Making the Grade: Program at CDC urges thinking outside the classroom

Innovation Diploma connects students to real world

The Mount Vernon Presbyterian School hosted a symposium in October 2013 that brought faculty, students, civic leaders and business entrepreneurs together to discuss innovation. The gathering engendered considerable conversation, but the one that made the strongest impression on students was how to they could apply concepts of innovation and change to their school.

“They asked, ‘If school is meant to prepare people for real life, then why doesn’t school look like real life?’ ” said Bo Adams, the school’s chief of learning and innovation. “Out of that, they conceived ideas to bridge real-life and school issues.”

Those questions sparked a new concept at the Sandy Springs school, and after a few months of planning, the Innovation Diploma was launched. The degree allows students to get practical experience at tackling real-world problems with the support of faculty and outside mentors. The program accepted applications last spring, and of the 22 students who interviewed for spaces, 12 were accepted to start the course at the beginning of the August semester.

“Actually, they reported to work,” said Meg Cureton, who directs the program. “Our expectation is that they treat this not like a class but like they’re working at a start-up. We start the beginning of the week with a traffic meeting where we discuss what are our needs are for the week. We build in time for article reading and brushing up on what it means to be creative and innovative.”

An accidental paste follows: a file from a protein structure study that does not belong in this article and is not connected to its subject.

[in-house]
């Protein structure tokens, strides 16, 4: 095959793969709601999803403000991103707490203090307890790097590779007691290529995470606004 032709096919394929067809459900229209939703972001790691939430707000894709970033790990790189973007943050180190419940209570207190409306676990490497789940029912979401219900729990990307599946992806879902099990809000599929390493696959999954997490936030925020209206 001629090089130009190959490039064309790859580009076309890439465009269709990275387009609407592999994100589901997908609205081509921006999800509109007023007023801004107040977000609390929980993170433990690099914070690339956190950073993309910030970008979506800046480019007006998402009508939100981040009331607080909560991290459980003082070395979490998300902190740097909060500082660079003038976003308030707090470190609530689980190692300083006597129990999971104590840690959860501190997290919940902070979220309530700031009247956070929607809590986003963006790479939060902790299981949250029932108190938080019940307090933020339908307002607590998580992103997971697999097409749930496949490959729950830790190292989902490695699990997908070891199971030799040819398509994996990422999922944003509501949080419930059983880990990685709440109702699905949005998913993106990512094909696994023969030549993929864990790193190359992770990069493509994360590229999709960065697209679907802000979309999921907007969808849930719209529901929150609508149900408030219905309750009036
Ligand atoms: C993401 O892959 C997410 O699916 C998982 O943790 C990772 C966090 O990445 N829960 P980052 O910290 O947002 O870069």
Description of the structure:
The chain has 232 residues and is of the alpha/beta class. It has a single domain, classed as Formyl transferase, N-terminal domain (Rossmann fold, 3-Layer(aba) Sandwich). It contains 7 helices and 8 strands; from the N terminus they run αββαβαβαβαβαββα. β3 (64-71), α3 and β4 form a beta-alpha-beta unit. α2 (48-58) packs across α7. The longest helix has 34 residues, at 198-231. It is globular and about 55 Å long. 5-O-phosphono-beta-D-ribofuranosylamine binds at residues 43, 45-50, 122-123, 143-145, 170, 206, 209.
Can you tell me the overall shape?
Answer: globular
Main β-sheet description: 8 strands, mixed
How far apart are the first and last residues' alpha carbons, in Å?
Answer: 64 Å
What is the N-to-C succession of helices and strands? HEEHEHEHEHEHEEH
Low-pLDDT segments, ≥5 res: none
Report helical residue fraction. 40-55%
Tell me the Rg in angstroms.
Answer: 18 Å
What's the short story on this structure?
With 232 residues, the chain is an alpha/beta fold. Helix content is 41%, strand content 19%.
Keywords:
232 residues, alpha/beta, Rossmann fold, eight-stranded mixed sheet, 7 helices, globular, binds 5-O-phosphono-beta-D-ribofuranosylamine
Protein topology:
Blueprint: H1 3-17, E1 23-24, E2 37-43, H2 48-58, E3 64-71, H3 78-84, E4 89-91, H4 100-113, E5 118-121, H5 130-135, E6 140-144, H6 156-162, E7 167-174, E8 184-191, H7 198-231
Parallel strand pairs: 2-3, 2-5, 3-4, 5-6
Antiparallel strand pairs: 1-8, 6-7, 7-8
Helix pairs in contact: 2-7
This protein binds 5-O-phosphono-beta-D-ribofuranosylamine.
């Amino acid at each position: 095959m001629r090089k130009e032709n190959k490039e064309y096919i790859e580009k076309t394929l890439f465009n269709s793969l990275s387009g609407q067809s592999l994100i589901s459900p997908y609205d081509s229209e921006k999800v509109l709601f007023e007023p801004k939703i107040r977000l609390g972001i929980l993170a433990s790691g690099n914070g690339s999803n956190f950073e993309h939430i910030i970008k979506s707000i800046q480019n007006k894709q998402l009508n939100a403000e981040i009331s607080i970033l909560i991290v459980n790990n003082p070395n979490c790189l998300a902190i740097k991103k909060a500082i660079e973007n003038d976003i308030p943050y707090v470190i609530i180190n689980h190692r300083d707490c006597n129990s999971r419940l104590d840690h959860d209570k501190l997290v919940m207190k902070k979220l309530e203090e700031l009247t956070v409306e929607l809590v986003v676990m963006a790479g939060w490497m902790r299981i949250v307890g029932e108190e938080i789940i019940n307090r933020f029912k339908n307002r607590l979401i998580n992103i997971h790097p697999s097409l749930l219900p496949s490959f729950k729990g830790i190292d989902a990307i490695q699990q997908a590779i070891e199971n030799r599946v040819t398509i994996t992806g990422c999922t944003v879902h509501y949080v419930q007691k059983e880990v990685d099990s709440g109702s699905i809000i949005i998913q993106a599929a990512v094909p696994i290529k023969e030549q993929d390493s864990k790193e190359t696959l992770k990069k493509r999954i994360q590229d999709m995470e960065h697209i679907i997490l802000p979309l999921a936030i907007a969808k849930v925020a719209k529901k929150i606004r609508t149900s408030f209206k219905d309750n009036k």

Students work on projects that grow out of their own interests and inquisitiveness. The work can be completed in collaboration with other students or faculty; some are individual.

“The whole program is built on the curiosity and passions of our students,” said Cureton. “We’ve spent a lot of time making lists of what they see as opportunities, things they want to change. For instance, one student is working on developing an app for aviators that will function when a plane goes down. Another just discovered her love of art and is toying with idea of having some sort of art business.”

Margaret White, a junior Innovation Diploma student from Johns Creek, found her project by noticing how many students in her classes lose interest in learning.

“While I was sitting in class, I observed how people reacted, and I started asking my friends about it in casual conversation,” she said. “I wondered how we might change that and started looking at different theories around what it means to be excited. Is there a fear of failure? What is student confidence, and how is that promoted in the classroom? This semester, I’m also looking at my own learning and seeing how, because of something I’m interested in, I’m more excited and have more confidence, and my grades have been better than in the past.”

Even though her friends thought taking on the extra work of the innovation courses sounded “crazy,” White was convinced it would be fun. Now, her friends realize that she’s doing real work that can make an impact on a problem, she said. At the same time, the project has also given her a renewed sense of direction.

“I hadn’t thought much about college, but after doing the Innovation Diploma program, I like the idea of solving problems and making the world a better place,” she said. “I now think with my skills, I might be an engineer.”

Making those connections to the real world are key to the program, said Cureton. To do that, students have participated in outside projects with the Centers for Disease Control and Thrive Design Studio.

“The administrators at the CDC told us the students pushed their thinking in ways they hadn’t thought of,” said Cureton. “This program gets our students working alongside other people in the community on problems with real deadlines and real needs.”

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